I welcome the Home Secretary's intention to simplify and consolidate terrorism legislation. That is the building brick for Conservative Members, because too many laws lie unused and too many hastily designed laws are used for inappropriate purposes. Despite the different stories in the press, I hope that we can try to move forward on a consensual basis for the remaining period of the legislation, so I am delighted that the Chancellor seems to be edging towards the creation of a single budget for security purposes. I have no doubt that that will lead to a single Department and a single Minister. If the Government are heading in that direction, I could not be more delighted, and on that aspect they will enjoy consensus in full measure and my 110 per cent. support.

Although we shall not oppose the further extension of the control order regime by 12 months, I accept the conclusions of Lord Carlile's report and I understand that control orders must be replaced by a proper judicial process. I look forward to effective legislation that will defend not just the lives of our constituents but their liberties as well.

5.59 pm

Mr. Alistair Carmichael (Orkney and Shetland) (LD): First, I acknowledge the contribution made in preparation for the debate in the report by my noble and learned Friend Lord Carlile of Berriew and in the trenchant report issued yesterday by the Joint Committee on Human Rights. Both take a careful and detailed look at the subject. The tone of the two reports is not necessarily immediately compatible, but it is clear on a close reading that their conclusions have a great deal in common, even though they may not be expressed with the same force.

It is worth reminding the House of the parliamentary history that has brought us to where we are today. On 16 December 2004, the House of Lords ruled that the detention of the nine foreign nationals held at Her Majesty's Prison Belmarsh was incompatible with the European convention on human rights. The powers created by the Anti-terrorism, Crime and Security Act 2001 were found to be in breach of ECHR on two counts. First, they only offered the possibility of indefinite detention where lesser restrictions on liberty could have been more proportionate. Secondly, they were discriminatory by reason of the fact that they applied only to foreign nationals. Either the detainees would be released, or new and proportionate restrictions had to be devised in the space of a few weeks.

What we got was a rushed and controversial Bill. We performed our own version of the parliamentary "Nessun Dorma", as I recall, and we went from Second Reading to Royal Assent in just two and a half weeks. Our preference at the time—indeed, this was the Home Secretary's stated preference—was to find ways to prosecute such suspects in the criminal courts. Given the impending renewal of the derogation order, a stop-gap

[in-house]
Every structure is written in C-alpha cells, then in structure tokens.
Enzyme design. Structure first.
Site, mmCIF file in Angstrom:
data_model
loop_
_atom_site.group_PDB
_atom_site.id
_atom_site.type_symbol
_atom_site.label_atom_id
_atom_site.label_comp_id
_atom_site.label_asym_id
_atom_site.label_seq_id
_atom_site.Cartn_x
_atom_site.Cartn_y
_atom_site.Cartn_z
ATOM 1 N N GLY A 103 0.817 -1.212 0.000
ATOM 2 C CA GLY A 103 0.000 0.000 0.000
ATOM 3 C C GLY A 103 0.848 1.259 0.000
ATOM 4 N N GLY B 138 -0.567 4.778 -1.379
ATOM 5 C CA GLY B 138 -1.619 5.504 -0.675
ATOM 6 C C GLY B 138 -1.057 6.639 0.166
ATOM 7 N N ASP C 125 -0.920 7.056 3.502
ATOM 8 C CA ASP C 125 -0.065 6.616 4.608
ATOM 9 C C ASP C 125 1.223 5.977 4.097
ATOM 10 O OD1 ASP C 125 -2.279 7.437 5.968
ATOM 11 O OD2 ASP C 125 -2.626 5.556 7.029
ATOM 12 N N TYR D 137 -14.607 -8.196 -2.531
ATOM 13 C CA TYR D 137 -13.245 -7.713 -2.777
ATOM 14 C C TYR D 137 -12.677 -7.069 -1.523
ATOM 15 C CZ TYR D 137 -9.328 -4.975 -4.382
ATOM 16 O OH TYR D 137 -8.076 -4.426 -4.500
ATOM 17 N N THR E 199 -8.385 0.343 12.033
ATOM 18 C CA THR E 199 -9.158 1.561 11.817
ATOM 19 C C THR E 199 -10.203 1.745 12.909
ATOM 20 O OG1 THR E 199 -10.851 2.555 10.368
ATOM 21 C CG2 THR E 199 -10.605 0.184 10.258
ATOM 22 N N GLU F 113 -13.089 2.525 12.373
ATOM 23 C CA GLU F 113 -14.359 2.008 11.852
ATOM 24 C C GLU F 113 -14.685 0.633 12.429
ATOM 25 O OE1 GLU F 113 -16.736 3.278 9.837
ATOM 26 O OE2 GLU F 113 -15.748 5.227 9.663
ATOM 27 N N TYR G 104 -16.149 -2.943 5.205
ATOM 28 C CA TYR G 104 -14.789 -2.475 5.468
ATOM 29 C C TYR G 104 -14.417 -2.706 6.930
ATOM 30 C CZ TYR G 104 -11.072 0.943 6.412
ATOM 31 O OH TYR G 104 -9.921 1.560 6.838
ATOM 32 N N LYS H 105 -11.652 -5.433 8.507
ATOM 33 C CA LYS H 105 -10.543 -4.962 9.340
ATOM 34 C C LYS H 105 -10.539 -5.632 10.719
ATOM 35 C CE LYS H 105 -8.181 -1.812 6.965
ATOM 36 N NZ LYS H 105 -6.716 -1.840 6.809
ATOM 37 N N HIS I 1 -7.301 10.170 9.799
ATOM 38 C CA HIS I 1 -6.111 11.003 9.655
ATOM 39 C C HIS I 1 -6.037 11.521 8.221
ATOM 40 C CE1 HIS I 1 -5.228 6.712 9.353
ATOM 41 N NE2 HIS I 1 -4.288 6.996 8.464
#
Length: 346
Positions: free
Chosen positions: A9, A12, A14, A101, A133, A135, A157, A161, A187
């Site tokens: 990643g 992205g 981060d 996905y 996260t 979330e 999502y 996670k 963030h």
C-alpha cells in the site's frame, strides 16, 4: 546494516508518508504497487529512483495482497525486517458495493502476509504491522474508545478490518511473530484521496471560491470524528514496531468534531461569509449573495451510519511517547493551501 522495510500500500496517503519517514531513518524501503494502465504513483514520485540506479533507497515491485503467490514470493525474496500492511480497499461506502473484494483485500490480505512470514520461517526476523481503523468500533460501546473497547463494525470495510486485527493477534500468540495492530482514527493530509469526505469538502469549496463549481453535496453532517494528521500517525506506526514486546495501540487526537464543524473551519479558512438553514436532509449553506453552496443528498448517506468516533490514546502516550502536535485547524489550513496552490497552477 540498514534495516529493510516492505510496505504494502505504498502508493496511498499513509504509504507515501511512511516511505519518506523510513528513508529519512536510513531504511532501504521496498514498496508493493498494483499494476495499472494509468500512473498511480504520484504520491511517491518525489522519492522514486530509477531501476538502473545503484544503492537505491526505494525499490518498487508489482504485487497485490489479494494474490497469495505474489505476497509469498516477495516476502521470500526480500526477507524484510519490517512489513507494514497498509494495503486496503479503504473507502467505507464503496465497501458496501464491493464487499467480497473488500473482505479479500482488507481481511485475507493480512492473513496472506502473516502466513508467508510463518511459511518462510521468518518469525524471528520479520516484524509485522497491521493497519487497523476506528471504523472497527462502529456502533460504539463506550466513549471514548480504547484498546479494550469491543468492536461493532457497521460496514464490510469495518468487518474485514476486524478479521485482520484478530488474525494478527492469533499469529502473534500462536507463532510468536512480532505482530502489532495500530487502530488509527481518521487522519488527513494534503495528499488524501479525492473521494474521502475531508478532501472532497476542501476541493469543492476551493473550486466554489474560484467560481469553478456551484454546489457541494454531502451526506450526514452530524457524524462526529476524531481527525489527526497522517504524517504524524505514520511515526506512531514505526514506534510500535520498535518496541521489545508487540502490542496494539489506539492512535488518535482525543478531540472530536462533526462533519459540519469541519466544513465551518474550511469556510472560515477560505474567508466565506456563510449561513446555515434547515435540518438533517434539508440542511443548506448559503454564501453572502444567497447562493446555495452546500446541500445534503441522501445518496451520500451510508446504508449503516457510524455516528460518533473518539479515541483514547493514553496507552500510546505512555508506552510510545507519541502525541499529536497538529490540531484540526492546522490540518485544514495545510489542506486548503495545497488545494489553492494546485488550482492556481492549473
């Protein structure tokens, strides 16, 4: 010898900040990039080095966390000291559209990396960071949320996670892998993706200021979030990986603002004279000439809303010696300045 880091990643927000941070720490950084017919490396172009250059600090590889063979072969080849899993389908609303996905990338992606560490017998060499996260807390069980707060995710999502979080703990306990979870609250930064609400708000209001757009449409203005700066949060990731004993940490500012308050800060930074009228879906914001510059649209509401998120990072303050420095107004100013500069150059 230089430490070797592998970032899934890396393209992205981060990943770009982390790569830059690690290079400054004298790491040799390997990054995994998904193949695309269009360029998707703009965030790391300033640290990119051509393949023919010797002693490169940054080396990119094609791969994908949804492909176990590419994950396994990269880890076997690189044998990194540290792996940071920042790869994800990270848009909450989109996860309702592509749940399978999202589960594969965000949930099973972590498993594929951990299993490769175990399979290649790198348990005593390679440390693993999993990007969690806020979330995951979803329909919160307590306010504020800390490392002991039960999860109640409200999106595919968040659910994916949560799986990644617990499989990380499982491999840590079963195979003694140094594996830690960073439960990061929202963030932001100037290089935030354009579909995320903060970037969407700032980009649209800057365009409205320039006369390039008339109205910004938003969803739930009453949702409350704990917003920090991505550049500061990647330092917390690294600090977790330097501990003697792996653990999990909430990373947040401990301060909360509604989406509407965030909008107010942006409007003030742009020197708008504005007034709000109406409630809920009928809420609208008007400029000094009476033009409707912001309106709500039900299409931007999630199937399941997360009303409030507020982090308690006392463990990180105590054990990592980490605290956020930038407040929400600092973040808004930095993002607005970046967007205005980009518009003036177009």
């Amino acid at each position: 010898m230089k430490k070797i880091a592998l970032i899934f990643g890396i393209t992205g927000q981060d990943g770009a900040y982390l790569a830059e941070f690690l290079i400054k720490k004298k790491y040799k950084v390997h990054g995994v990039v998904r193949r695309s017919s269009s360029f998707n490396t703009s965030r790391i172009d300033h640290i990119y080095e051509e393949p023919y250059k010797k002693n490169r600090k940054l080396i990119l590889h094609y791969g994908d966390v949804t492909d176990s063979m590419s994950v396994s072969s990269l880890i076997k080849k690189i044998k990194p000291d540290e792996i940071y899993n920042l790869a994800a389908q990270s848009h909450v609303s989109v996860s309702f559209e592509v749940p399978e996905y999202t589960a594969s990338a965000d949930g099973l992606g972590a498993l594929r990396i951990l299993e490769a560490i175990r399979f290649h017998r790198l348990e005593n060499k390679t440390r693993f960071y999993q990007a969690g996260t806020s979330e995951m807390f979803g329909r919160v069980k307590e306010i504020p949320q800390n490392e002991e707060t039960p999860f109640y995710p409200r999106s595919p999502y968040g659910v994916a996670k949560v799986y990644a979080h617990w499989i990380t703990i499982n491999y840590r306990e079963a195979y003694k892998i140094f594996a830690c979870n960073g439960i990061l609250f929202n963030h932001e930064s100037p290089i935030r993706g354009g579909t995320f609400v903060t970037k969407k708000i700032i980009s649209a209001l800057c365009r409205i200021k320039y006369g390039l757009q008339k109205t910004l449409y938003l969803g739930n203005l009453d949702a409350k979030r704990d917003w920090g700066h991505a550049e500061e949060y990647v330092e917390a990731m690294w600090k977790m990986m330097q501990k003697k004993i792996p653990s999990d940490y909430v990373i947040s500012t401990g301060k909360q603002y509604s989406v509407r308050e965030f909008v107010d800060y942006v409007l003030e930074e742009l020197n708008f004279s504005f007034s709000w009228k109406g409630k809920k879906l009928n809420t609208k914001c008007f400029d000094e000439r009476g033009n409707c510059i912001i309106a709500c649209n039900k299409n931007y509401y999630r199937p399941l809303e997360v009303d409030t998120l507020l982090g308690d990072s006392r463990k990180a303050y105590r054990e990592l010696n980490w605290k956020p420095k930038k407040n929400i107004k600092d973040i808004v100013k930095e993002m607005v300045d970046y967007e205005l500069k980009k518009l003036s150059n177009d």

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had to be found. I remind the Minister that we were willing to co-operate in finding an appropriate interim measure and that we started from the premise that control orders were acceptable on that basis, provided that the appropriate safeguards could be found.

We had serious reservations on two points, however. We believed that the standard of proof required for the Secretary of State to sign a non-derogating control order was too low and that the standard of proof should have been raised to that of whether an offence had occurred on the balance of probabilities. We also argued that the power to impose a non-derogating control order should reside with the court, not the Home Secretary.

Those points were echoed by the Joint Committee's report yesterday. On the first point, it said:

On the second point, the Committee said:

The Committee, however, reserves its strongest criticism for the way in which the various restrictions on liberty available to the Home Secretary in designing a control order have been used. The Committee makes a strong case that the impact of the restriction on liberty is so severe that, in fact, it breaches several of the convention's articles.

Lord Carlile very helpfully provided a standard list of control order restrictions as an annexe to his report. He notes:

If that regime is being imposed on controlees, with little or no variation to account for different risks and different personal circumstances, the Committee is surely correct to state that the obligations are

Thus a deprivation of liberty is taking place without due legal process, contrary to the convention requirements. Similarly, the Committee believes that individuals are being denied a fair trial under articles 5.4 and 6.1, that control orders

that there is strong evidence to suggest that the regime

and that the law impacts disproportionately on foreign nationals and is therefore in danger of breaching article 14. In fact, that is the very point that started our parliamentary journey with the judgment in 2004.

Let us also remember that the whole point of control orders was to remove the need for a derogation under the ECHR. The Act contains powers for the Home
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Secretary to issue a derogating control order. We were given to understand that that meant 24-hour house arrest, but that a vote of Parliament would be necessary to approve a formal derogation of the sort that was required by the Belmarsh legislation. The Act, however, neglected to set out any criteria for determining the dividing line between the control orders that would require a derogation and those that would not. This is a question that will ultimately be tested in the courts. In the meantime, can the Minister tell me where she thinks the line lies? What legal advice has she received and how sure can she be that the pro forma list of restrictions that was reproduced in Lord Carlile's report does not cross that threshold?